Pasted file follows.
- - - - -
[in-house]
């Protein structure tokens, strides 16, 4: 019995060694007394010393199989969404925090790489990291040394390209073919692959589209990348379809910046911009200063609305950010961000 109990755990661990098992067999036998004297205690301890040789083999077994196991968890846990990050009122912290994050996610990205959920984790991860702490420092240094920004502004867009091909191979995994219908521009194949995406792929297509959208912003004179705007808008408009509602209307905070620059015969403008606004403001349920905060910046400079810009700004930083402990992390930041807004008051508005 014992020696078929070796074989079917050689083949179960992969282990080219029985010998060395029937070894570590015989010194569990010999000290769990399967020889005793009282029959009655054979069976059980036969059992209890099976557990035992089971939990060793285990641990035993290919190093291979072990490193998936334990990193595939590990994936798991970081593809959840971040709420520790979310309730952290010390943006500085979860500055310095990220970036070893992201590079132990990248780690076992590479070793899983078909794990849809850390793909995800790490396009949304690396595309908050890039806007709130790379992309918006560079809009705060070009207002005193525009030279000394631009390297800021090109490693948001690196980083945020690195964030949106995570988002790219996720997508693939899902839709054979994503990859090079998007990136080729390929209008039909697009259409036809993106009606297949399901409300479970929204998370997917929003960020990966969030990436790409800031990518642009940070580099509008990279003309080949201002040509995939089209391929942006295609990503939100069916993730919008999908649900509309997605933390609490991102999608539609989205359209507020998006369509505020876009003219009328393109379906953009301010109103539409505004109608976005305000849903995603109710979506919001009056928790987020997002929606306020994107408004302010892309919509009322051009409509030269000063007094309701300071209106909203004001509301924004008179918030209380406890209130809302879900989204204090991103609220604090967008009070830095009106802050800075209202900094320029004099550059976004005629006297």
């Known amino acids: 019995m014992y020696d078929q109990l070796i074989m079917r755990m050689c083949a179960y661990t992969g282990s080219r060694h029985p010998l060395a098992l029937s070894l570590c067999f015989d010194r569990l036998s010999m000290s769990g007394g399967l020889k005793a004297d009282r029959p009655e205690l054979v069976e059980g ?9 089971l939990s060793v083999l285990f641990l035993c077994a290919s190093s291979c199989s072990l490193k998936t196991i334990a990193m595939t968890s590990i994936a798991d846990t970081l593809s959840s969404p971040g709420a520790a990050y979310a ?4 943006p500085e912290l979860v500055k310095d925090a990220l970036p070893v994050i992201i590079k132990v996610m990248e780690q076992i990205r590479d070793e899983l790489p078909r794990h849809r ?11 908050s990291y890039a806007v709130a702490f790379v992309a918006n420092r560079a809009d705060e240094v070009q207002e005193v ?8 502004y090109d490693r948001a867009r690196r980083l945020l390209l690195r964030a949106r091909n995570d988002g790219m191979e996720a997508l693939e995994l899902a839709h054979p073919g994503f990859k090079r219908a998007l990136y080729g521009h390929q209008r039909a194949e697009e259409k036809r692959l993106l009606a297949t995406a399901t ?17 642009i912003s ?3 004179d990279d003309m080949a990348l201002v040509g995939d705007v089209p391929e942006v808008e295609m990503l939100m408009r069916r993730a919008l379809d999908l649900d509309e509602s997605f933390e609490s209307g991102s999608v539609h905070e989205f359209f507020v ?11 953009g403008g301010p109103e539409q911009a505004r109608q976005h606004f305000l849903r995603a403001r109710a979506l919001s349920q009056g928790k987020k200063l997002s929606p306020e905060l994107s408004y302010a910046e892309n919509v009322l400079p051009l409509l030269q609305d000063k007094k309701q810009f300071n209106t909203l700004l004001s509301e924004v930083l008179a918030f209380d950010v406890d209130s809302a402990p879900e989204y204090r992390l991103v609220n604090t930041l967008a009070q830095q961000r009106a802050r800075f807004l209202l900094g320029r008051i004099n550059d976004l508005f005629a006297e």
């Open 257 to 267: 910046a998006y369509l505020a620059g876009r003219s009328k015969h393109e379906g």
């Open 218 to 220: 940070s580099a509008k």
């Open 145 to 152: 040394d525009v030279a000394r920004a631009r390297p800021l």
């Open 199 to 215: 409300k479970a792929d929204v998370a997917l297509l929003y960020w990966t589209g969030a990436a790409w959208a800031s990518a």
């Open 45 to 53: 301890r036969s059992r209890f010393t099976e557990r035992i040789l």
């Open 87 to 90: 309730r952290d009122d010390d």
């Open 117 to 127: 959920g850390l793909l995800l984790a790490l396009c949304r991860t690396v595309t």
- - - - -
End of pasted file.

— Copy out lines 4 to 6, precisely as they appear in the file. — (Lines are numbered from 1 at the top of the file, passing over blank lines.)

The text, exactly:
């Open 257 to 267: 910046a998006y369509l505020a620059g876009r003219s009328k015969h393109e379906g």
């Open 218 to 220: 940070s580099a509008k």
């Open 145 to 152: 040394d525009v030279a000394r920004a631009r390297p800021l």